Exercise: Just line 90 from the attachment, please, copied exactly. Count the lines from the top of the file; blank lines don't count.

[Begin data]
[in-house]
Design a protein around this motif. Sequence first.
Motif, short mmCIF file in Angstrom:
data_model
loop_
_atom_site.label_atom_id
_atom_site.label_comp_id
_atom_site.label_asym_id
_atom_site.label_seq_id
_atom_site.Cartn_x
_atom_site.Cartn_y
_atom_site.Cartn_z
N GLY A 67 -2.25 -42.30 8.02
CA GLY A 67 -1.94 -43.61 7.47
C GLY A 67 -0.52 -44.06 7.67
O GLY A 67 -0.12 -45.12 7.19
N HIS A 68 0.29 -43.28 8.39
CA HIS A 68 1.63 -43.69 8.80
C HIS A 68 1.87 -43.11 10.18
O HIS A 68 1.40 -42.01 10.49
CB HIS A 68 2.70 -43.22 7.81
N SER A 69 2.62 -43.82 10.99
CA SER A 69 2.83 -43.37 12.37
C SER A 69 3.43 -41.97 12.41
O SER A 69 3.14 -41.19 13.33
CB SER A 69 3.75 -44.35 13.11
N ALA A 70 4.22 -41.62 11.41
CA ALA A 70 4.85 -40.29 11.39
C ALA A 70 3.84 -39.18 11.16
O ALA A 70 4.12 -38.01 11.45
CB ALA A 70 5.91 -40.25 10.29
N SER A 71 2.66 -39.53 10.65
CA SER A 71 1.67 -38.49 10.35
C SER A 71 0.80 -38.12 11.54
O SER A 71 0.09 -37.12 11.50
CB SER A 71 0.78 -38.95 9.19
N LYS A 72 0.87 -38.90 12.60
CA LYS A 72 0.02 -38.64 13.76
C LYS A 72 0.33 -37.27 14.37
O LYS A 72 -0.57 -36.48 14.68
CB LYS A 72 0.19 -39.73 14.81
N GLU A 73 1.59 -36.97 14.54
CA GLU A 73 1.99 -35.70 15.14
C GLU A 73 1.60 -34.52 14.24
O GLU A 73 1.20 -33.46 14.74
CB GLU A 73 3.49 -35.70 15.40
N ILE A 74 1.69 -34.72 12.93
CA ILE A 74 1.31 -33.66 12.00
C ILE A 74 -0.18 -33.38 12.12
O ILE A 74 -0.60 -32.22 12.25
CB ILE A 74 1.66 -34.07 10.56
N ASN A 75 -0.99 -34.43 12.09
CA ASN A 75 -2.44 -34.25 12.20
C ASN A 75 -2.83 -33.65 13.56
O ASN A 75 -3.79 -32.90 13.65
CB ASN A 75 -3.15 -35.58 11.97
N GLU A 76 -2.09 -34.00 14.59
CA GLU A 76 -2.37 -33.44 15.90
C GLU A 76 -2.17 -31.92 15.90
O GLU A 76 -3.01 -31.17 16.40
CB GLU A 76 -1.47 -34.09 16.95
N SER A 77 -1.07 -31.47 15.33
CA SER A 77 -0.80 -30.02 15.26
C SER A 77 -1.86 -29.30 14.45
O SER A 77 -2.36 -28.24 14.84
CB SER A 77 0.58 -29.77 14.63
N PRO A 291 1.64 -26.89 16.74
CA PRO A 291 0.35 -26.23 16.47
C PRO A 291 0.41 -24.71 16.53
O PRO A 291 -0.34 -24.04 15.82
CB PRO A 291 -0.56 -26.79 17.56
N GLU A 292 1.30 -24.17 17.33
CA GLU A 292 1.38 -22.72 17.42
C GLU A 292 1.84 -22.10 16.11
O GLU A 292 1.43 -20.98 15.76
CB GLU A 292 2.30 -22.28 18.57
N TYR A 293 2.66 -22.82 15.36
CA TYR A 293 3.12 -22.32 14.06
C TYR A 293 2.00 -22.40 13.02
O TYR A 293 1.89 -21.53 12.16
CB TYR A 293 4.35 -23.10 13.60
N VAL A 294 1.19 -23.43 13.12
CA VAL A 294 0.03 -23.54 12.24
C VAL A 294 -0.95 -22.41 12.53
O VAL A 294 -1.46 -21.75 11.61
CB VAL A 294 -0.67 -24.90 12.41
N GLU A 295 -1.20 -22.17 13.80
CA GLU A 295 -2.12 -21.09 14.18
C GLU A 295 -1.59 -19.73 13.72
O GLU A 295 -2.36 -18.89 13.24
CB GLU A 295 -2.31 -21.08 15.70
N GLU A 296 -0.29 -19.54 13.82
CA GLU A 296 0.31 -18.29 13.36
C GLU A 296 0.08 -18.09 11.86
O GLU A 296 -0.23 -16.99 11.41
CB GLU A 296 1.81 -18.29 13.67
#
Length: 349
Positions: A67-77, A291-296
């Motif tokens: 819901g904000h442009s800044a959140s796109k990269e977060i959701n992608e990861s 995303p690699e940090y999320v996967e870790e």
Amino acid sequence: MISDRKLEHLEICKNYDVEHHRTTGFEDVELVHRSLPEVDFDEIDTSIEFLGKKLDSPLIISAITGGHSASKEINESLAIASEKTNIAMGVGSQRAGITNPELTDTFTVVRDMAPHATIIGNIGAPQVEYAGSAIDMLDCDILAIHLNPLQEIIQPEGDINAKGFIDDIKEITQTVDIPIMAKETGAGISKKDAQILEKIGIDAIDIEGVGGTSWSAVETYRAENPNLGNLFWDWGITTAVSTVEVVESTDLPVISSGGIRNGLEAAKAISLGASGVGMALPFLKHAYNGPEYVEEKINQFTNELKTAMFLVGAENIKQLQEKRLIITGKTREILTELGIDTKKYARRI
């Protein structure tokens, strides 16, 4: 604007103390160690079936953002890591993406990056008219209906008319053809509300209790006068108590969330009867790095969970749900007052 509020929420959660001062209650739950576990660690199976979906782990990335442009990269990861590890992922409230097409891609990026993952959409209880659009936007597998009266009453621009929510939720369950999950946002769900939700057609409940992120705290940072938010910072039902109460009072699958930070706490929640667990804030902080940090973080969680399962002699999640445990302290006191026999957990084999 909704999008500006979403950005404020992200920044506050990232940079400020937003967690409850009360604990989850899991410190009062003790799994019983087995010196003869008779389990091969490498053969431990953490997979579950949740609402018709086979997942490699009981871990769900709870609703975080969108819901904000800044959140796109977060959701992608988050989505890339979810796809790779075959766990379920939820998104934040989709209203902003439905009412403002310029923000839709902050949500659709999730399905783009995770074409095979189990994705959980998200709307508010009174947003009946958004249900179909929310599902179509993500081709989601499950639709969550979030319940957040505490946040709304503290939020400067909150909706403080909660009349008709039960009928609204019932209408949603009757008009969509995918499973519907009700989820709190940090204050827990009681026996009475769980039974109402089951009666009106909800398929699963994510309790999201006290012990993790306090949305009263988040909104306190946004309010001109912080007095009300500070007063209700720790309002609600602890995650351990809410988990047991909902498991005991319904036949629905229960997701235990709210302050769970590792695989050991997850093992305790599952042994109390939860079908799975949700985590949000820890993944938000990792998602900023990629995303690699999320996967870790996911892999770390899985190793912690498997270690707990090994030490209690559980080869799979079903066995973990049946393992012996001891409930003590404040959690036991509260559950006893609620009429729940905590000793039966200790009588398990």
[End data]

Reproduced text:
O GLU A 295 -2.36 -18.89 13.24